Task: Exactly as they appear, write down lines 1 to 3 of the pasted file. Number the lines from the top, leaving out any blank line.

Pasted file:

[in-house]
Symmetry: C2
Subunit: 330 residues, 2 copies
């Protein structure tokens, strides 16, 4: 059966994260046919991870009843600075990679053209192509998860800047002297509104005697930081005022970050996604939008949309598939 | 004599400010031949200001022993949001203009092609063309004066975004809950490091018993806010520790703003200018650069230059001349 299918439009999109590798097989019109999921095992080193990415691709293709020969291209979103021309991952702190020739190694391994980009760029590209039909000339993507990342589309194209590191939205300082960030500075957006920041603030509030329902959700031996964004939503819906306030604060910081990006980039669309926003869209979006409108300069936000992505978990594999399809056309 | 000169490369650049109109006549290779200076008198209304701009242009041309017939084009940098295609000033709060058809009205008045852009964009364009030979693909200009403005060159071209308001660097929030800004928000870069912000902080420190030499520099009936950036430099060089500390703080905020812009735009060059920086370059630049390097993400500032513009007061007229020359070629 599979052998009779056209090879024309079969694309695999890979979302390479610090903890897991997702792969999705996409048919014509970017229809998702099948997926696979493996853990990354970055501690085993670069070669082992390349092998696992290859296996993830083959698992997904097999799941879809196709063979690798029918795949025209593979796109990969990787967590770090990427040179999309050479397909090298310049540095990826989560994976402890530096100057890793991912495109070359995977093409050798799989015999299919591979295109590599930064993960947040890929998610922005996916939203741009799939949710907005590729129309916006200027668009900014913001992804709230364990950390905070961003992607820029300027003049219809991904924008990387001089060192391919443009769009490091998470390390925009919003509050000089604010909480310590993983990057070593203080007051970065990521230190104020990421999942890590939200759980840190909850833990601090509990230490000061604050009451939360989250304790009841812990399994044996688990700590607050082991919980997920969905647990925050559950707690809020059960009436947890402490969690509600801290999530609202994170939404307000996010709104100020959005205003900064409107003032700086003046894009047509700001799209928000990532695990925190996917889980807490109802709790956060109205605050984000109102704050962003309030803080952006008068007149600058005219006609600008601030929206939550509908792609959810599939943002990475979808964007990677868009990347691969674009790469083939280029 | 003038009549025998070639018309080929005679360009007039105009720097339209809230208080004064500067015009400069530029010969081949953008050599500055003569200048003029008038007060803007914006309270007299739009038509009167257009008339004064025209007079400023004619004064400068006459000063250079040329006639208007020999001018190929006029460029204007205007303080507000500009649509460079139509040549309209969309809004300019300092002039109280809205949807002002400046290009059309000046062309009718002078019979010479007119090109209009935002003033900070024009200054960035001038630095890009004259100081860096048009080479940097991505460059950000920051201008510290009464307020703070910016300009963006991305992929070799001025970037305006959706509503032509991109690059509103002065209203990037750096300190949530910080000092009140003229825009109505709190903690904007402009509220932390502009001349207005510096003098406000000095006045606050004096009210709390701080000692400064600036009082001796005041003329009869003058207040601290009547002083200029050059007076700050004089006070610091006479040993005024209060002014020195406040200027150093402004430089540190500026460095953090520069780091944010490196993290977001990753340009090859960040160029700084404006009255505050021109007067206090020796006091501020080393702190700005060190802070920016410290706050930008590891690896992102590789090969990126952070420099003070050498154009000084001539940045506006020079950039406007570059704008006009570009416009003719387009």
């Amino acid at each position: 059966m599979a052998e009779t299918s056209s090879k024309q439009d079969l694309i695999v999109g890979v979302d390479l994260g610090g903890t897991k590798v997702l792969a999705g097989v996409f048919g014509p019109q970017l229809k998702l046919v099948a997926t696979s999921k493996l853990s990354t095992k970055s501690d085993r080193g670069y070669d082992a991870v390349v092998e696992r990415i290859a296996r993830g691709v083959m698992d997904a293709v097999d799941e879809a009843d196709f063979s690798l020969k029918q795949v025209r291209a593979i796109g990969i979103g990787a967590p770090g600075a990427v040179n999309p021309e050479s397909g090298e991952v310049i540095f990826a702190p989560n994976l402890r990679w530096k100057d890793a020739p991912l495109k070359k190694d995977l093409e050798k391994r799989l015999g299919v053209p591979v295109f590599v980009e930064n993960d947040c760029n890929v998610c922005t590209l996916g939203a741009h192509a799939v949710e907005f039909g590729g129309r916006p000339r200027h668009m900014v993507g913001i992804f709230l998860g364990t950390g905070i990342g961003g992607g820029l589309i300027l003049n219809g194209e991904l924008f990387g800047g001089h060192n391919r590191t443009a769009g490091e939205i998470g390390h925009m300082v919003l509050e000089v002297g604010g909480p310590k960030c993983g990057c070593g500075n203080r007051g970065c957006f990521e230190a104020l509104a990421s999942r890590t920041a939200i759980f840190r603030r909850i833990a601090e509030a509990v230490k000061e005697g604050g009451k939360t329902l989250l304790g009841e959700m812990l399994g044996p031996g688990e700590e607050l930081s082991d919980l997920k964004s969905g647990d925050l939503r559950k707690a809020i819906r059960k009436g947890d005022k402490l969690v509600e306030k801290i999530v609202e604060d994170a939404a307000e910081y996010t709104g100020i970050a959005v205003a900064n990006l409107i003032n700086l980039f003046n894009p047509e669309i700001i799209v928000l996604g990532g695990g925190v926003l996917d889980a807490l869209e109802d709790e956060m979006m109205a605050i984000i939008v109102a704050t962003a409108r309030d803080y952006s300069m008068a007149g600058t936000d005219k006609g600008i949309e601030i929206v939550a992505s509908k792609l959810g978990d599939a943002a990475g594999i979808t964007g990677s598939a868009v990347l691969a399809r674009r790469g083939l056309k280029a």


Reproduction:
[in-house]
Symmetry: C2
Subunit: 330 residues, 2 copies